Of course, a paper farm full of paper animals doesn't produce real wool, milk and meat that can be turned into clothing, used as food or sold for money. You need real animals for that, and because sheep are nimble, good foragers, compact, gregarious and multi-purpose they were popular livestock in Ezekiel’s time, and in Jesus’ time, as they are in many parts of the world today.  The biggest drawback to sheep is that predators find sheep as tasty as people do, and sheep, while they  have many fine qualities, are not smart. They need protection, and if a flock of sheep is following the best grazing, you can’t just bring them all back into the barn at night and go sleep in your soft, warm bed. The shepherd has to be out there with the sheep, keeping predators away and caring for the injured. The shepherd has to know which sheep have the best temperaments and which sheep have the easiest time at lambing.  If there is danger, the shepherd needs to be able to bring the sheep to him quickly.  The sheep, in turn, must know that the shepherd is trustworthy and safe.

That’s the image of God we’re given in this Sunday’s readings, and yet if you look on the cover of your bulletin you will see that we call this Sunday “Christ the King.”  As an American whose ancestors were kicked out of the all of the respectable countries, I don’t have much good to say about Kings and Queens. For a long time, Monarchs used the Church as a tool to oppress the poor.  The rich and powerful were said to have been anointed by God and the poor were poor because of God’s will. To be a good Christian was to be obedient to the Monarchy. Kings and Queens wore crowns of gold and if there were blood, sweat, and tears to be shed, you can be sure that it was not their own. A King used his power to push the little people around. A King ate rich foods every day, while the peasants who tilled the soil and raised the livestock barely had enough to survive. A King turned peasants into foot soldiers and sent them into battle knowing that many, if not most, would die, caring not how many fell, but only that they defeated the enemy in the process. Come to think of it, there are plenty of rich and powerful folks doing that today. We might not call them Kings and Queens, but they sure act like Kings and Queens, some of them even still use God as a cudgel to get the peasants in line.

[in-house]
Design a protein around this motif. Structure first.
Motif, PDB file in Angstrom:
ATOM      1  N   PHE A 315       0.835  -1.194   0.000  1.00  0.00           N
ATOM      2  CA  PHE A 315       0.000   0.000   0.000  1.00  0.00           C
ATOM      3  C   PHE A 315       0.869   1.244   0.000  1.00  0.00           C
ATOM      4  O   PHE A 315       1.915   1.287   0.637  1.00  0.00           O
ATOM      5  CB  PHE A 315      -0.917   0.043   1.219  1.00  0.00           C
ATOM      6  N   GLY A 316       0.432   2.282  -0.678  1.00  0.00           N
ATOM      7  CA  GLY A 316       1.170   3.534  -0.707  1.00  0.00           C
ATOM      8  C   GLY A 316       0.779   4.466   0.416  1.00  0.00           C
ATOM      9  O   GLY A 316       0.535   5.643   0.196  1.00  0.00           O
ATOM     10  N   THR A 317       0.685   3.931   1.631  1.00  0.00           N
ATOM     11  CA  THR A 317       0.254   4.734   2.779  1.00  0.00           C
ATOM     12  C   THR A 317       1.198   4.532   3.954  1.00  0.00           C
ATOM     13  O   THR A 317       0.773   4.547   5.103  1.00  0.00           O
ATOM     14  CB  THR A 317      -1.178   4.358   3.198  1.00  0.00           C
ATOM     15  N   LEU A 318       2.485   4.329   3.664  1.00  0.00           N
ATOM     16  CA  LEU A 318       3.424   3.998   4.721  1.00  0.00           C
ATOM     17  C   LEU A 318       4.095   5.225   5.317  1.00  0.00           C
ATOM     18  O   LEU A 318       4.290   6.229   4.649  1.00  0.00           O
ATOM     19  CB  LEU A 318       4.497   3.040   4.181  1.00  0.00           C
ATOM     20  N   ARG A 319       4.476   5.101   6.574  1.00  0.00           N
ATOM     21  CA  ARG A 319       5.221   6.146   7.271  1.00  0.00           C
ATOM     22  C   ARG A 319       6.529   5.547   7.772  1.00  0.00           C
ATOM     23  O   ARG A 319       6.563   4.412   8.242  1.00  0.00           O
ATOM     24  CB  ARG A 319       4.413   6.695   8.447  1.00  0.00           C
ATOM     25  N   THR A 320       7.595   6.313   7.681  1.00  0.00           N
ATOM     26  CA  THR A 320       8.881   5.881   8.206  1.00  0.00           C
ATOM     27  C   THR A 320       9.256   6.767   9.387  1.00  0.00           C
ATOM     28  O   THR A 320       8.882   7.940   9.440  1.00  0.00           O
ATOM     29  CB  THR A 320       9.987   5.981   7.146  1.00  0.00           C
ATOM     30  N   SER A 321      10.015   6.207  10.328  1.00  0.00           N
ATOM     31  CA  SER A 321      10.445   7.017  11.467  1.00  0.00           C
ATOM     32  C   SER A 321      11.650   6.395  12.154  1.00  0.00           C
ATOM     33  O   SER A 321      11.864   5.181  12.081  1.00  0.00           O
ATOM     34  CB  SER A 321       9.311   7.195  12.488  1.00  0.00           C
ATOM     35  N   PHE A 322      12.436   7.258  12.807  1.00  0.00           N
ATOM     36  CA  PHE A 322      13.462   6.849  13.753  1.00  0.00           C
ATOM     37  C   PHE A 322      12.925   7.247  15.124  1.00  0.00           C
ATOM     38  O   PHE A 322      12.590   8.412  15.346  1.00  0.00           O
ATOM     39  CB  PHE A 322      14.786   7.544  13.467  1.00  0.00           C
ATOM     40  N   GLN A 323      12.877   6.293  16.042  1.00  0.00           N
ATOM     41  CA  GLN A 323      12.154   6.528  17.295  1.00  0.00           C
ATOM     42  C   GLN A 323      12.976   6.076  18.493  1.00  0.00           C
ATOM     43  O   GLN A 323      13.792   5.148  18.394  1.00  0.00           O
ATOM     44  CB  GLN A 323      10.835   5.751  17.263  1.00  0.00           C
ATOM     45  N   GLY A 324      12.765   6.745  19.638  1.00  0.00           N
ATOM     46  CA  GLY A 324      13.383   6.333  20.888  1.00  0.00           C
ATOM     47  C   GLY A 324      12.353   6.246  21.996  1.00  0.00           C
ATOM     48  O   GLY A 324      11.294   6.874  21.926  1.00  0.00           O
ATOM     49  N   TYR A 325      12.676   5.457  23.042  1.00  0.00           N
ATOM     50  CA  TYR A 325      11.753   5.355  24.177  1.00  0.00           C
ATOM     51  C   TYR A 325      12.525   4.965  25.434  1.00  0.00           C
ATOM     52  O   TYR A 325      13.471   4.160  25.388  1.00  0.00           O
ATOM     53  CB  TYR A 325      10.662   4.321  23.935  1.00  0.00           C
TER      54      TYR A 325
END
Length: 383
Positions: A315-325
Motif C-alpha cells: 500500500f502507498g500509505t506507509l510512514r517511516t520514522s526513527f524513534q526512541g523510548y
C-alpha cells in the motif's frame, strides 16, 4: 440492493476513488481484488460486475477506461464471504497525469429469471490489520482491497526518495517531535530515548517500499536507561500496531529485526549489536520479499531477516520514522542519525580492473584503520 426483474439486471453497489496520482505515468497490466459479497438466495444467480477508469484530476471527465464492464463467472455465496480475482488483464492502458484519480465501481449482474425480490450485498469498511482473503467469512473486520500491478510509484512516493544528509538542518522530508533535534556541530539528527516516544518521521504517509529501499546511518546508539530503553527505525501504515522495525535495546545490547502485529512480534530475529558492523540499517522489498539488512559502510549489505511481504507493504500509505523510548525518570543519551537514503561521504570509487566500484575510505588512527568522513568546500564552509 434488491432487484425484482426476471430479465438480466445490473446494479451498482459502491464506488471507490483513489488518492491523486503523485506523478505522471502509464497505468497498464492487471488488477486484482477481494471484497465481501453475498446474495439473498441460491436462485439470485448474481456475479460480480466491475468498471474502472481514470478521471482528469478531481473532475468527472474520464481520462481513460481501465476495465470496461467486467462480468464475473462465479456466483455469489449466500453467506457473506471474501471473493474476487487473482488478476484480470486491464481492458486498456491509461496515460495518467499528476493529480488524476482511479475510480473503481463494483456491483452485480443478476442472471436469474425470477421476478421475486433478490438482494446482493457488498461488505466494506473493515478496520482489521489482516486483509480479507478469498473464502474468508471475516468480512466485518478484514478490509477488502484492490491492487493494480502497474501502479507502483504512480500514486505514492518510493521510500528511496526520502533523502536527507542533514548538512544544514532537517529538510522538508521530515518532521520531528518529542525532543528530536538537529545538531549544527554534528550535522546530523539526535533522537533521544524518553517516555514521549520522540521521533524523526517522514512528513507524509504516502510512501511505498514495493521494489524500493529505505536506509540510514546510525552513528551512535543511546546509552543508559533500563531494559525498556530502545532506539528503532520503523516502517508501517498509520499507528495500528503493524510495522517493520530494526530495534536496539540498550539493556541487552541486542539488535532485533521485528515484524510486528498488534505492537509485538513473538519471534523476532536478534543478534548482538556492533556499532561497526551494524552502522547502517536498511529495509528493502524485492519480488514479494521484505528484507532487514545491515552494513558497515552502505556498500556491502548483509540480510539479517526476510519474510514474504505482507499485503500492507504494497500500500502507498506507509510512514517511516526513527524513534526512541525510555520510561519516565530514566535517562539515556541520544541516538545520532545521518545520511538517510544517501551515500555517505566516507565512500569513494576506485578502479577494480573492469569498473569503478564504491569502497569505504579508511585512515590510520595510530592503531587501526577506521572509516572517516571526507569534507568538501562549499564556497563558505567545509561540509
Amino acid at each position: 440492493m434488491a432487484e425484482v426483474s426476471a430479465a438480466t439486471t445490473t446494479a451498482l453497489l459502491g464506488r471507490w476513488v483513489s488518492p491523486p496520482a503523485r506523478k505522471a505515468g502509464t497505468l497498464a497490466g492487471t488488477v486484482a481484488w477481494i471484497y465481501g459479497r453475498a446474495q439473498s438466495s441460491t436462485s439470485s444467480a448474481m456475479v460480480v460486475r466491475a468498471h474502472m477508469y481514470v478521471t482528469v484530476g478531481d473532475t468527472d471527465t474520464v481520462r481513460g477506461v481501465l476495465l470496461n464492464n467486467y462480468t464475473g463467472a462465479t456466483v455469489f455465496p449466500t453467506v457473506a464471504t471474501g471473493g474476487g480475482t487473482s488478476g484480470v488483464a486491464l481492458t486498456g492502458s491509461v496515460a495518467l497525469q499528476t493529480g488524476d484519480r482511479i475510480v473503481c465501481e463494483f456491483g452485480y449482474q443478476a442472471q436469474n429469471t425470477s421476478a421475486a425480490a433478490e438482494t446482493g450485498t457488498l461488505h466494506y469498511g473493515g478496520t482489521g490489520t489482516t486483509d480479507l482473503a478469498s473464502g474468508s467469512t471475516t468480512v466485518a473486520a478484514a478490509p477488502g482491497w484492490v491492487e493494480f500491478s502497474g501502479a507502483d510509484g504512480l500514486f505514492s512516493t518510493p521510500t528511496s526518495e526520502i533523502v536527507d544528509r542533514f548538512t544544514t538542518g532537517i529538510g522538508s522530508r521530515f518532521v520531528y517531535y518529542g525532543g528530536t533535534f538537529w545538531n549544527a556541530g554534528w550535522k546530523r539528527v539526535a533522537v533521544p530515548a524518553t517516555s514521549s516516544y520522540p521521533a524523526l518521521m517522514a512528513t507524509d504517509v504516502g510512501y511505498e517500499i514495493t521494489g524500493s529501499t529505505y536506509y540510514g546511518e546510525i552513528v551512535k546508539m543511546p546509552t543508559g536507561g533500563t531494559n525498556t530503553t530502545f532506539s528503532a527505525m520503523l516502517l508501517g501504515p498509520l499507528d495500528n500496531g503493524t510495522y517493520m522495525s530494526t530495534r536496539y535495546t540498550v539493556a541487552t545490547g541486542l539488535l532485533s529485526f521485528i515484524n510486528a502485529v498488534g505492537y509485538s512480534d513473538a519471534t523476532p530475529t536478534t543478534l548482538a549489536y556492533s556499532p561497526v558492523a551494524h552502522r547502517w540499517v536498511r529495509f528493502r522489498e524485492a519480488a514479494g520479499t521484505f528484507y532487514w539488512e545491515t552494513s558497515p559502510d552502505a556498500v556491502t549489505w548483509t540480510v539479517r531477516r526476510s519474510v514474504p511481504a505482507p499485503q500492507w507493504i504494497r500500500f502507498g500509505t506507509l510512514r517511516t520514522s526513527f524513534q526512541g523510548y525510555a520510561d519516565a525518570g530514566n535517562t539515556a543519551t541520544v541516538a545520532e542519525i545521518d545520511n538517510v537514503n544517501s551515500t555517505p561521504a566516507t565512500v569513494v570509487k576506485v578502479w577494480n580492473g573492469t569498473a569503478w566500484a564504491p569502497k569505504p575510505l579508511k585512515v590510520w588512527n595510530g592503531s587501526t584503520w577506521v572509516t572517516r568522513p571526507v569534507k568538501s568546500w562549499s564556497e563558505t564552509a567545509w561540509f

The Rich and Powerful of today are not listening to Scripture any more than the Kings and Queens of the past who claimed that their leadership was a Divine Right.  Earthly rulers may push and shove to get their way, they may see themselves as God-like, but  the God of our scripture is a Shepherd King with dirt under his nails instead of blood on his hands, and the earthly powers are mere sheep,  just as the exiled Israelites of Ezekiel’s time were sheep, just as you and I and the poorest of our brothers and sisters are sheep. Humans, like sheep, are nimble, and good foragers and gregarious.

Gregarious, when used to talk about a college student means friendly and outgoing, often seen in groups, in livestock circles it means not only does the animal like to be in groups, it needs to be in a group. A sheep alone in a pasture is a sheep that is about to be eaten. When I say that humans are gregarious, I don’t mean that we’re all extroverted, but that we all need our flock. We depend on each other and on our Shepherd for our survival.  In today’s Gospel reading, the flock, our flock, is sorted not by how well they followed the rubrics of the church, or how well they obeyed the rich and powerful. They are not sorted by how quickly they called their neighbor to account, or if they cast out their own eye because it offended them. They are not sorted by how often they went to church or which church they went to or what clothes they wore when they were there. In this parable they’re not even sorted on whether they have accepted Jesus Christ as their Lord and Savior.

When the Son of Man turns to the sheep at his right hand he doesn't tell them “Congratulations, you were the smartest, the most pious, the shrewdest investor.” He tells them “I was hungry and you gave me food, I was thirsty and you gave me something to drink, I was a stranger and you welcomed me, I was naked and you gave me clothing, I was sick and you took care of me, I was in prison and you visited me.” That’s the criteria. We get to be sheep on the right hand side if you feed the hungry, clothe the naked, welcome the stranger and visit the imprisoned. We do these things because Christ is in all of those people and we serve Christ, and because Christ the Shepherd is in us, and the Shepherd serves the flock.   We promise, in our baptismal covenant, which we’ll renew today as we welcome Drew, to seek and serve Christ in all persons, loving our neighbors as ourselves, to strive for justice among all people and respect the dignity of every human being. Not the powerful human beings, not the human beings who have the same race, color, creed, gender, sexuality or nationality as we do, not even just the ones that we can see Christ in, all people, the whole flock. The promise is to SEEK and serve, not to SORT and serve.  The love of God which we are called to spread is the servant love of a Shepherd King, and every sheep matters.

I’d like to close with a quote from Thomas Merton, a Twentieth Century Trappist Monk and theologian: “Our job is to love others without stopping to inquire whether or not they are worthy. That is not our business and, in fact, it is nobody's business. What we are asked to do is to love, and this love itself will render both ourselves and our neighbors worthy if anything can.”



*St. Andrew's celebrates Christ the King Sunday a week early so that we can celebrate St. Andrew's day the Sunday before Thanksgiving. Most Episcopal churches will celebrate Christ the King next Sunday.

Sources: 
The Lectionary Page
The Listening Hermit: The Feast of Christ the ComradeThe Church of Scotland, Starters for Sunday (.pdf.)
Holy Baptism, The Book of Common Prayer
The Church of Scotland, Starters for Sunday (.pdf.)

Cross posted on the Sermons at St. Andrew's blog